Wild, superior, caught in the open ocean or raised in the splendid isles of Northern Europe; many of the self-aggrandizing statements brought upon this product, apart from being difficult to verify, are also devoid of any real import. The salmon, as a product, is especially inviting to these grand statements straight from the wildest fantasies of the marketers.
Many, for example, gush over the superiority of wild salmon, or that caught in the open ocean. It is unfortunate, however, that most of the salmon that arrives onto our plate, smoked or fresh, is the product of intensive aquaculture and not of the wild. Furthermore, salmon can be frozen before it is smoked, so even smoked salmon is not guaranteed fresh. Of course while the salmon is being cured, many different kinds of wood are burned to lend the fish a particular flavor. Unfortunately, in some cases not only different types of wood are used but also chemicals. This goes on without any disclosure to the consumer on the product tag as one might usually expect. In knowing these facts one may be beset by doubts as to the nutritional value of salmon. One sign of quality, for example, is the disclosure of the precise location of capture or farming of the animal. Our smoked salmon not only specifies the country of origin, but also the precise location and the methods used in raising it. An extra safeguard is offered by the certificate of origin.
The overwhelming majority of salmon which is imported around the world was raised in Scotland, Norway, Canada, Alaska or Ireland. All of these products, without much truth, are vaunted by their marketers as being of higher quality because of their place of origin.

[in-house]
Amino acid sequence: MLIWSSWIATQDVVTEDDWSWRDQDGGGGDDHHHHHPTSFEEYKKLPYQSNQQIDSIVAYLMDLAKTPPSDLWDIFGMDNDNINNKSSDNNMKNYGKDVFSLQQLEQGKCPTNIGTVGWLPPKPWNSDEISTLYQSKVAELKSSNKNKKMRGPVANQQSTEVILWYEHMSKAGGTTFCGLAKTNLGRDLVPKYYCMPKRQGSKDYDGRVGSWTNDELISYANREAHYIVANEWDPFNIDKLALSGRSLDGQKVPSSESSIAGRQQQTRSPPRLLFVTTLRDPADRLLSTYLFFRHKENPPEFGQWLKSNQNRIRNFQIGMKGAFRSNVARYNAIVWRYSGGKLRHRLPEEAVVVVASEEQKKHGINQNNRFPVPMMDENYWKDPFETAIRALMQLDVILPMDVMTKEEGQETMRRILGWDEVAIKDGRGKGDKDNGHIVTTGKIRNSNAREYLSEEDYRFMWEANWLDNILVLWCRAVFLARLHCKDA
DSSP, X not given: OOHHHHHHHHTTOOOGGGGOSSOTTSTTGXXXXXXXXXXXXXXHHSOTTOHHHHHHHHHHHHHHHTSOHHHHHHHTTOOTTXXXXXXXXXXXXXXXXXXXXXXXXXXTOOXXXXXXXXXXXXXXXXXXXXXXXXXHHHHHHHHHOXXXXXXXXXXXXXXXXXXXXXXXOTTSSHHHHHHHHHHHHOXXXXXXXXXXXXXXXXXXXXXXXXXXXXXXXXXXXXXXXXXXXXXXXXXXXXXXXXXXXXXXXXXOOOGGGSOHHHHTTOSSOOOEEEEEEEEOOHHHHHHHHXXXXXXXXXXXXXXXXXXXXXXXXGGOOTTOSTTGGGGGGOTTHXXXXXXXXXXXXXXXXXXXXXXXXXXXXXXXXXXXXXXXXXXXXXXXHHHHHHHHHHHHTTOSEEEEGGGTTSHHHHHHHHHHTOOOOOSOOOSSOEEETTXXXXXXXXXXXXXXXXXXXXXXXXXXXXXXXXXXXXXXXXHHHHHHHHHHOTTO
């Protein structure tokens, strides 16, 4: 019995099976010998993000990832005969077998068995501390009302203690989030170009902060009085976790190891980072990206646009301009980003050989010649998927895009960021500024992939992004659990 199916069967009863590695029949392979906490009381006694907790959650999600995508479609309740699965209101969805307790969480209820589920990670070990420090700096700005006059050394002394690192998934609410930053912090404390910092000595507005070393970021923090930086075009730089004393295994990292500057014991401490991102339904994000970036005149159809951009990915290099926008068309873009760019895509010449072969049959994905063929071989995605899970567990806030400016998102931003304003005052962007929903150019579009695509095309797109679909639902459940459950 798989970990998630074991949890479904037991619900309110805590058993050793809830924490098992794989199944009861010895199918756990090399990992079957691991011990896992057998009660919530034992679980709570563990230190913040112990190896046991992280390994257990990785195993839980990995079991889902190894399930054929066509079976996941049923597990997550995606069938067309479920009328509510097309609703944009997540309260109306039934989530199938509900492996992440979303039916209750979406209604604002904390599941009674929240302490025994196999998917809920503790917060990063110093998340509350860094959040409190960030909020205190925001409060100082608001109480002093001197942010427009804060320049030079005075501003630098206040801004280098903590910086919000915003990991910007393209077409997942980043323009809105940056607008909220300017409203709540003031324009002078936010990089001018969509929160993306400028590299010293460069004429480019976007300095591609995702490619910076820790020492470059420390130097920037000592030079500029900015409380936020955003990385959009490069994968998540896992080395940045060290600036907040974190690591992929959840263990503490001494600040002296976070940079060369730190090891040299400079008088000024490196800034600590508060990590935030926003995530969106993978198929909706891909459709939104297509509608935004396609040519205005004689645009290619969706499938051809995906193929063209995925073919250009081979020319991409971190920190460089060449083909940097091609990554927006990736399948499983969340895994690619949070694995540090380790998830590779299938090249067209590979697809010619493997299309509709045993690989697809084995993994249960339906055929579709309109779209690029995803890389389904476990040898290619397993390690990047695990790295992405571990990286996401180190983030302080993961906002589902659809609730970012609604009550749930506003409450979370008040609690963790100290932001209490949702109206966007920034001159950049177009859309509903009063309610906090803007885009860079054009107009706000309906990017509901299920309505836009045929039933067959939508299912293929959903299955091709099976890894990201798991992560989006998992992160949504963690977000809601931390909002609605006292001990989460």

Based upon the assumption that the biggest factors in the quality of salmon are the methods used in raising it and curing it, we will try to trace a map of the quality of this species. According to the experts, the Norwegian salmon (the most widely consumed in the world) is not quite excellent and is surely inferior to those caught in Scotland or Ireland and is comparable to Canadian salmon. At the top of the totem pole of quality are placed the Scottish and Irish salmon. The Scottish salmon offers a fine texture and a delicate taste, while their Irish counterparts are better known for their lean meats.
The method of curing was born, naturally, in Northern Europe out of the necessity to preserve meats for long periods. Once the salmon is caught, it is cleaned and eviscerated so that it may be opened and salted. The salting can be done dry (the favored method), or using a specially-made brine (water and salt). This is done to ensure good results during the actual smoking and in either case it is unlikely to be done by hand. Once the salmon has been properly salted it is then smoked. As was said before, the best smoking process burns various woods (elm, ash and oak are most commonly employed) to lend the meat a particular flavor. The process is a fairly simple one and many of the qualities of the salmon are in fact due to it. It is made difficult, however, by its finer points which serve to ensure the products hygiene and flavor.
There are, of course, other factors affecting the quality of the salmon's final product. Among them is the choice of cut, for example, where considerations such as visual aspect come into play. A cut taken close to the tail is not as well-presentable as one taken farther up the flank. I guarantee that the Scottish and Norwegian salmon available in our "store" is among the best the market has to offer.
About The Author
David Russo, VMD, PhD
Veterinary Scientist, Gourmet Lover and Amateur Cook